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CHAPTER 15 Investment Spending Learning objectives Understand that investment is the most volatile sector CHAPTER 15 Investment Spending Learning objectives Understand that investment is the most volatile sector of aggregate demand. Understand that the demand for capital depends on interest rates, output, and taxes. Understand that investment reflects the adjustment of the existing capital stock to the current demand for capital. Understand that investment spending is the primary link from monetary policy to aggregate demand. Power. Point® slides prepared by Marc Prud’Homme, University of of Ottawa Power. Point® slides prepared by Marc Prud’Homme, University Ottawa Copyright 2005 © Mc. Graw-Hill Ryerson Ltd.

Investment Spending o Investment spending is very volatile and thus responsible for much of Investment Spending o Investment spending is very volatile and thus responsible for much of the fluctuations in GDP across the business cycle. o Investment spending is a primary link through which interest rates, and therefore monetary policy, affect the economy. Tax policies affecting investment are important tools of fiscal policy. o On the supply side, investment over long periods determines the size of the stock of capital and thus helps determine long run growth. Copyright 2005 © Mc. Graw-Hill Ryerson Ltd. Chapter 15: Investment Spending o Investment links the money markets to goods market. Investment fluctuations drive much of the business cycle. o Interesting features of the investment cycle are: 2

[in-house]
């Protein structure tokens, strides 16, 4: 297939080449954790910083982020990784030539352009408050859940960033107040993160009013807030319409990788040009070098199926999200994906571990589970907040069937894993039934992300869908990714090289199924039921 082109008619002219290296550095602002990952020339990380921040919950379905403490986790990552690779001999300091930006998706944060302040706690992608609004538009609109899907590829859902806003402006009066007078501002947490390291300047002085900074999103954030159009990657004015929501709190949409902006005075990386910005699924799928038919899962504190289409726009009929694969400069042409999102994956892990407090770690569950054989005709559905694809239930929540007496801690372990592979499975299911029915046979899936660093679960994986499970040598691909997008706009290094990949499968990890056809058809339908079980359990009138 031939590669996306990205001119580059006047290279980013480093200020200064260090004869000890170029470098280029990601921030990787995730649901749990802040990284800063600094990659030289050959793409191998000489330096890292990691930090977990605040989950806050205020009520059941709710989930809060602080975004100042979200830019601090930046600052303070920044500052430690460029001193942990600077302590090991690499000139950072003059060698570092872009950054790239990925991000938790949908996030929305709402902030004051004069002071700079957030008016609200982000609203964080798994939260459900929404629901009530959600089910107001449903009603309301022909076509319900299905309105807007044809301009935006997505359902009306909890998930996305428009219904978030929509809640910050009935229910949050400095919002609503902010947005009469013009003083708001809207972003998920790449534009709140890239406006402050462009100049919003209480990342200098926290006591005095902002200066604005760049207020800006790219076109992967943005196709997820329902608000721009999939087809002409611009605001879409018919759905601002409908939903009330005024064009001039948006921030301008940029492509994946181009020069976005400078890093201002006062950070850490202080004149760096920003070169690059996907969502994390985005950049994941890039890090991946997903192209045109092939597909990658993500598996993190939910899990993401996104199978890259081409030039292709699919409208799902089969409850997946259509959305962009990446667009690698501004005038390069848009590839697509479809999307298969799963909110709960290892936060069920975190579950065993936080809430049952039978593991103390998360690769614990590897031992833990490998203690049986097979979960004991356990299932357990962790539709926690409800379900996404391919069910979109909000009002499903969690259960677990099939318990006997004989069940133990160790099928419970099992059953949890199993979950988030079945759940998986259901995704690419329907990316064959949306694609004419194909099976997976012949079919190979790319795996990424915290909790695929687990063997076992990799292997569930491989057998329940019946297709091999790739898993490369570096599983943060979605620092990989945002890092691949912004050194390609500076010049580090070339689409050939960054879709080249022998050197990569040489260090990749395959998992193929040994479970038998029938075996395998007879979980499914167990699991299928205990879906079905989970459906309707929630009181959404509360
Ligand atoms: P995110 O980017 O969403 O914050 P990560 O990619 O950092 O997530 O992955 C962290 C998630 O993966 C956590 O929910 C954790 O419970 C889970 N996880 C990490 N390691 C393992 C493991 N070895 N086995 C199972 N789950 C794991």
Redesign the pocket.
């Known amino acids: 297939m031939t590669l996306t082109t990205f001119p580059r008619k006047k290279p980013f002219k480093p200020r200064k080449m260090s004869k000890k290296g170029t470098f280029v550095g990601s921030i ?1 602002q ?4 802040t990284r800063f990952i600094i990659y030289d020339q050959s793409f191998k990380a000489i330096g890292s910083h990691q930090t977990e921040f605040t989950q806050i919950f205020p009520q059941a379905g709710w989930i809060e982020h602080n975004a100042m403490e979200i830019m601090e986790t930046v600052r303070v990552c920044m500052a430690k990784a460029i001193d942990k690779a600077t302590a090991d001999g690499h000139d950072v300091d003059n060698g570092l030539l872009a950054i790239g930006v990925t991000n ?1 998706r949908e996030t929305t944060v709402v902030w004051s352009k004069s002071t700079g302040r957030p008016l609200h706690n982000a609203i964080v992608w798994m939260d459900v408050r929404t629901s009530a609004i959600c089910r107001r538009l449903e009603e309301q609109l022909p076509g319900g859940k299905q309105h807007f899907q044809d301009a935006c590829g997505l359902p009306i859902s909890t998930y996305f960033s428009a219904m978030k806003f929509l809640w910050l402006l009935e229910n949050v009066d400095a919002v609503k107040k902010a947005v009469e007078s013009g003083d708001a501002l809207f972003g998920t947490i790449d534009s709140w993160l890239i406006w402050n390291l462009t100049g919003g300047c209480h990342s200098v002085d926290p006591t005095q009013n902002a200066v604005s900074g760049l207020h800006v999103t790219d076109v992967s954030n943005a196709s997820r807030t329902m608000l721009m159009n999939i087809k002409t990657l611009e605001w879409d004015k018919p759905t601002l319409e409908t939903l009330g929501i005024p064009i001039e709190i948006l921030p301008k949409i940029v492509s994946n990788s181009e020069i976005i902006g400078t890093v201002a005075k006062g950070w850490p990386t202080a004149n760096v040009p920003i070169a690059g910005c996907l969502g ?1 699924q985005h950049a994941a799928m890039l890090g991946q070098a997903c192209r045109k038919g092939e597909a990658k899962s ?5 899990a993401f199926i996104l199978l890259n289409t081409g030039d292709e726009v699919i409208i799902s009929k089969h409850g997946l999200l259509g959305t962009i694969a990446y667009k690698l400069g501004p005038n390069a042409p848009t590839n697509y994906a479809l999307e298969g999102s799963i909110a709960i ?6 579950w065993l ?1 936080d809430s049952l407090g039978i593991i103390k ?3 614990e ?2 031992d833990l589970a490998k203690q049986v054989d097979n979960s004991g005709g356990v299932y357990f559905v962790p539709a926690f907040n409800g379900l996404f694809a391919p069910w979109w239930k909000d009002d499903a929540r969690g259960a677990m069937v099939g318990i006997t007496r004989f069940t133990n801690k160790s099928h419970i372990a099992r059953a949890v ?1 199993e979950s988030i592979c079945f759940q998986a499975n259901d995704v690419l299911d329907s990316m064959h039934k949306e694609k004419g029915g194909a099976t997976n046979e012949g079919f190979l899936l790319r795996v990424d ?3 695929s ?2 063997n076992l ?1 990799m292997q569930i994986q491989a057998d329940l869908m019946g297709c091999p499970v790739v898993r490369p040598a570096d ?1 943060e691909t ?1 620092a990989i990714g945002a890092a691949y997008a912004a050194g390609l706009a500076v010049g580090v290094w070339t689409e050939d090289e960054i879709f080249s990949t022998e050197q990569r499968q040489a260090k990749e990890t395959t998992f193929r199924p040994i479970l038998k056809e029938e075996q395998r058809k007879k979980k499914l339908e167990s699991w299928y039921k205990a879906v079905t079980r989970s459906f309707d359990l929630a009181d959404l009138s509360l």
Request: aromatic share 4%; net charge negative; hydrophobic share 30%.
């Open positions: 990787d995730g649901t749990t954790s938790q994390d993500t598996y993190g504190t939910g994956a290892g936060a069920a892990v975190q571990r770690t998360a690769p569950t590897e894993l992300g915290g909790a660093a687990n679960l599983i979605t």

Investment Spending Copyright 2005 © Mc. Graw-Hill Ryerson Ltd. Chapter 15: Investment Spending Figure Investment Spending Copyright 2005 © Mc. Graw-Hill Ryerson Ltd. Chapter 15: Investment Spending Figure 15 -1: Investment Spending and GDP, Annual Growth Rates, 1962 -2002 3

Investment Spending Copyright 2005 © Mc. Graw-Hill Ryerson Ltd. Chapter 15: Investment Spending o Investment Spending Copyright 2005 © Mc. Graw-Hill Ryerson Ltd. Chapter 15: Investment Spending o Business fixed investment: Annual investment increase in machinery, equipment, and structures used in production. o Residential investment: Investment in investment housing. o Inventory investment: Increase in the investment stock of goods on hand. o Flow of investment: The addition to the investment capital stock over some period of time. o Stock of capital: The value of all buildings, capital machinery, and inventories at a point in time. 4

BOX Why Investment is Volatile? 15 -1 o Private capital is roughly equal to BOX Why Investment is Volatile? 15 -1 o Private capital is roughly equal to 2. 5 years’ GDP o Investment is equal to about one-sixth of GDP o The stock of capital is approximately 15 years’ worth of investment o A 1 percent drop in the capital stock is produced by a 15 percent change in annual investment flow. Copyright 2005 © Mc. Graw-Hill Ryerson Ltd. 5